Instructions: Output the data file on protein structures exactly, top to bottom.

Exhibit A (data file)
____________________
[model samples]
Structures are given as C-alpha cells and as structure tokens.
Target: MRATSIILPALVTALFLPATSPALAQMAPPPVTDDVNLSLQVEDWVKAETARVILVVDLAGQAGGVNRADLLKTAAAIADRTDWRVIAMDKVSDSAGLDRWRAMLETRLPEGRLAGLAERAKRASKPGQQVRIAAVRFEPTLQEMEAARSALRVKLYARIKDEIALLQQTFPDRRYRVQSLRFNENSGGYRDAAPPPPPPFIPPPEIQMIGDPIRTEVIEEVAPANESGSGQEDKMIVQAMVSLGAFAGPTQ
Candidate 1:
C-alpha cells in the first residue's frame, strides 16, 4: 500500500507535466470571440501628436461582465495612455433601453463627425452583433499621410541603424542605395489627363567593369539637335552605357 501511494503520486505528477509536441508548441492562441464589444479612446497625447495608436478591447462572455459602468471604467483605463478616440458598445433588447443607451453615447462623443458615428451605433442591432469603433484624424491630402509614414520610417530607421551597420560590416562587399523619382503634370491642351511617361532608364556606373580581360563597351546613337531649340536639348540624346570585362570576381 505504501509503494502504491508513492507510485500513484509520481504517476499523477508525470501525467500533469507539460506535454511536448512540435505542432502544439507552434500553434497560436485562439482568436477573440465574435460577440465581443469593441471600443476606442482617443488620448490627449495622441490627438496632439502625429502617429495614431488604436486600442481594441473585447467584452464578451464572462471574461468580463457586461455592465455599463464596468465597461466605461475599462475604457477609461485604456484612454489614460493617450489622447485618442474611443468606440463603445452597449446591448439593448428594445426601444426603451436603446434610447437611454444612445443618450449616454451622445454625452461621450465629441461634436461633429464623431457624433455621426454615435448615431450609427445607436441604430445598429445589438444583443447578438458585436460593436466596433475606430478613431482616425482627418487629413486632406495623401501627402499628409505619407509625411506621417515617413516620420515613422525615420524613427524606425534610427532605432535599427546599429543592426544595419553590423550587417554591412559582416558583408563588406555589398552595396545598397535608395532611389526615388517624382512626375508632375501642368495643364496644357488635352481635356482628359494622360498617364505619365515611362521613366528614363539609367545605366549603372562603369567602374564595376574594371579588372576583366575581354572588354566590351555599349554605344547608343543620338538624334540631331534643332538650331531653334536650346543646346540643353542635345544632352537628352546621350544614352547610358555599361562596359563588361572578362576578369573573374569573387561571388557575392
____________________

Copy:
[model samples]
Structures are given as C-alpha cells and as structure tokens.
Target: MRATSIILPALVTALFLPATSPALAQMAPPPVTDDVNLSLQVEDWVKAETARVILVVDLAGQAGGVNRADLLKTAAAIADRTDWRVIAMDKVSDSAGLDRWRAMLETRLPEGRLAGLAERAKRASKPGQQVRIAAVRFEPTLQEMEAARSALRVKLYARIKDEIALLQQTFPDRRYRVQSLRFNENSGGYRDAAPPPPPPFIPPPEIQMIGDPIRTEVIEEVAPANESGSGQEDKMIVQAMVSLGAFAGPTQ
Candidate 1:
C-alpha cells in the first residue's frame, strides 16, 4: 500500500507535466470571440501628436461582465495612455433601453463627425452583433499621410541603424542605395489627363567593369539637335552605357 501511494503520486505528477509536441508548441492562441464589444479612446497625447495608436478591447462572455459602468471604467483605463478616440458598445433588447443607451453615447462623443458615428451605433442591432469603433484624424491630402509614414520610417530607421551597420560590416562587399523619382503634370491642351511617361532608364556606373580581360563597351546613337531649340536639348540624346570585362570576381 505504501509503494502504491508513492507510485500513484509520481504517476499523477508525470501525467500533469507539460506535454511536448512540435505542432502544439507552434500553434497560436485562439482568436477573440465574435460577440465581443469593441471600443476606442482617443488620448490627449495622441490627438496632439502625429502617429495614431488604436486600442481594441473585447467584452464578451464572462471574461468580463457586461455592465455599463464596468465597461466605461475599462475604457477609461485604456484612454489614460493617450489622447485618442474611443468606440463603445452597449446591448439593448428594445426601444426603451436603446434610447437611454444612445443618450449616454451622445454625452461621450465629441461634436461633429464623431457624433455621426454615435448615431450609427445607436441604430445598429445589438444583443447578438458585436460593436466596433475606430478613431482616425482627418487629413486632406495623401501627402499628409505619407509625411506621417515617413516620420515613422525615420524613427524606425534610427532605432535599427546599429543592426544595419553590423550587417554591412559582416558583408563588406555589398552595396545598397535608395532611389526615388517624382512626375508632375501642368495643364496644357488635352481635356482628359494622360498617364505619365515611362521613366528614363539609367545605366549603372562603369567602374564595376574594371579588372576583366575581354572588354566590351555599349554605344547608343543620338538624334540631331534643332538650331531653334536650346543646346540643353542635345544632352537628352546621350544614352547610358555599361562596359563588361572578362576578369573573374569573387561571388557575392